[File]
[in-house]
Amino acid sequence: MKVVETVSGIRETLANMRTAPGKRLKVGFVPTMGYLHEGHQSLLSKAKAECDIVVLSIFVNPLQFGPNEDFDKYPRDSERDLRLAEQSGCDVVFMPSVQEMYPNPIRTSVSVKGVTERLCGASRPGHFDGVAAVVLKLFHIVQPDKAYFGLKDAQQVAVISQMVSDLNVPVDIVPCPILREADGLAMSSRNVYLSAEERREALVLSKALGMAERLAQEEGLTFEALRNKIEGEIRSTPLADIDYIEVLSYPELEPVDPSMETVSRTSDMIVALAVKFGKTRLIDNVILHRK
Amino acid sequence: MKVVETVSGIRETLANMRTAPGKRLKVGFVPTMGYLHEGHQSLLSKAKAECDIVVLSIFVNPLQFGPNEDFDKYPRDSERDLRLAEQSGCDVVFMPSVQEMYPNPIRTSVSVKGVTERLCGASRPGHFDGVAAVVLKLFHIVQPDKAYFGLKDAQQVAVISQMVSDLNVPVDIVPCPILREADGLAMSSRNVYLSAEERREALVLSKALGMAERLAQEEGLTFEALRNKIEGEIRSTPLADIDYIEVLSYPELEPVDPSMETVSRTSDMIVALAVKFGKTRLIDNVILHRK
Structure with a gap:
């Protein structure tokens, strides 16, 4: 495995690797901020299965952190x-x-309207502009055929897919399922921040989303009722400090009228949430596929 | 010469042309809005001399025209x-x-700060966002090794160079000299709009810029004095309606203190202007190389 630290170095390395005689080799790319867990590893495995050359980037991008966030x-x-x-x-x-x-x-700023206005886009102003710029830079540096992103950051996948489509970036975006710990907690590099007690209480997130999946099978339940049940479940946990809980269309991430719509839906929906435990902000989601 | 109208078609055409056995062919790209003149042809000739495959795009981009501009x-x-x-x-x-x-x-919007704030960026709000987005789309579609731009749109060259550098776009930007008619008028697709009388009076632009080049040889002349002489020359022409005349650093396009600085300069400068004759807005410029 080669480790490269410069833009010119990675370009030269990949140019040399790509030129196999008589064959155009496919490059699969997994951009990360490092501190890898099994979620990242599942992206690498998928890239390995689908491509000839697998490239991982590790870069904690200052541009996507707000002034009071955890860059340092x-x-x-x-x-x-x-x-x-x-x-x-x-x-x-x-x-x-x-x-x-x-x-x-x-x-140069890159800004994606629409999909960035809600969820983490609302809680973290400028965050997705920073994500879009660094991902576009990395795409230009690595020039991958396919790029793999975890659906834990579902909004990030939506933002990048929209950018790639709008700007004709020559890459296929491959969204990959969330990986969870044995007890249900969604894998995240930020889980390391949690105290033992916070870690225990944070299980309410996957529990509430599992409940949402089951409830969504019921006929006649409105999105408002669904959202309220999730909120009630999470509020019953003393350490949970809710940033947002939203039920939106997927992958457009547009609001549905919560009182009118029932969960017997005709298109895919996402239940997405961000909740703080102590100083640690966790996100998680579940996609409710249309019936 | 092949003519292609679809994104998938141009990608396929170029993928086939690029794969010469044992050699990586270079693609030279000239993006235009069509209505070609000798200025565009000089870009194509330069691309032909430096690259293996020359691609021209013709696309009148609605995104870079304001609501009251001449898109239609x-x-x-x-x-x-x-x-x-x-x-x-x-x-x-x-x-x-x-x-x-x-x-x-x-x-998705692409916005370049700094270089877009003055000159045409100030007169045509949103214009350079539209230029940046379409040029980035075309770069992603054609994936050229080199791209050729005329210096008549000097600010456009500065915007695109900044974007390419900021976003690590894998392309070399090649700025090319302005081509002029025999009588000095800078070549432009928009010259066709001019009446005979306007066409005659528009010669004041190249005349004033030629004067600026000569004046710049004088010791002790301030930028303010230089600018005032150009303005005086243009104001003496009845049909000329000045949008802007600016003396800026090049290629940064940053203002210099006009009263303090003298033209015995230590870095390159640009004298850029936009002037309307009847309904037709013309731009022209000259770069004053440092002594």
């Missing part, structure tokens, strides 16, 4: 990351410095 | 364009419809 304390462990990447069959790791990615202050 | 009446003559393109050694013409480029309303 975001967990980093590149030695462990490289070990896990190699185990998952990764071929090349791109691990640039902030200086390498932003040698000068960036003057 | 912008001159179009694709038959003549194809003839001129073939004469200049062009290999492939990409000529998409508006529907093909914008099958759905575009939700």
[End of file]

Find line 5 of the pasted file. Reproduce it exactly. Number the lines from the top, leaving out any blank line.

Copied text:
């Protein structure tokens, strides 16, 4: 495995690797901020299965952190x-x-309207502009055929897919399922921040989303009722400090009228949430596929 | 010469042309809005001399025209x-x-700060966002090794160079000299709009810029004095309606203190202007190389 630290170095390395005689080799790319867990590893495995050359980037991008966030x-x-x-x-x-x-x-700023206005886009102003710029830079540096992103950051996948489509970036975006710990907690590099007690209480997130999946099978339940049940479940946990809980269309991430719509839906929906435990902000989601 | 109208078609055409056995062919790209003149042809000739495959795009981009501009x-x-x-x-x-x-x-919007704030960026709000987005789309579609731009749109060259550098776009930007008619008028697709009388009076632009080049040889002349002489020359022409005349650093396009600085300069400068004759807005410029 080669480790490269410069833009010119990675370009030269990949140019040399790509030129196999008589064959155009496919490059699969997994951009990360490092501190890898099994979620990242599942992206690498998928890239390995689908491509000839697998490239991982590790870069904690200052541009996507707000002034009071955890860059340092x-x-x-x-x-x-x-x-x-x-x-x-x-x-x-x-x-x-x-x-x-x-x-x-x-x-140069890159800004994606629409999909960035809600969820983490609302809680973290400028965050997705920073994500879009660094991902576009990395795409230009690595020039991958396919790029793999975890659906834990579902909004990030939506933002990048929209950018790639709008700007004709020559890459296929491959969204990959969330990986969870044995007890249900969604894998995240930020889980390391949690105290033992916070870690225990944070299980309410996957529990509430599992409940949402089951409830969504019921006929006649409105999105408002669904959202309220999730909120009630999470509020019953003393350490949970809710940033947002939203039920939106997927992958457009547009609001549905919560009182009118029932969960017997005709298109895919996402239940997405961000909740703080102590100083640690966790996100998680579940996609409710249309019936 | 092949003519292609679809994104998938141009990608396929170029993928086939690029794969010469044992050699990586270079693609030279000239993006235009069509209505070609000798200025565009000089870009194509330069691309032909430096690259293996020359691609021209013709696309009148609605995104870079304001609501009251001449898109239609x-x-x-x-x-x-x-x-x-x-x-x-x-x-x-x-x-x-x-x-x-x-x-x-x-x-998705692409916005370049700094270089877009003055000159045409100030007169045509949103214009350079539209230029940046379409040029980035075309770069992603054609994936050229080199791209050729005329210096008549000097600010456009500065915007695109900044974007390419900021976003690590894998392309070399090649700025090319302005081509002029025999009588000095800078070549432009928009010259066709001019009446005979306007066409005659528009010669004041190249005349004033030629004067600026000569004046710049004088010791002790301030930028303010230089600018005032150009303005005086243009104001003496009845049909000329000045949008802007600016003396800026090049290629940064940053203002210099006009009263303090003298033209015995230590870095390159640009004298850029936009002037309307009847309904037709013309731009022209000259770069004053440092002594």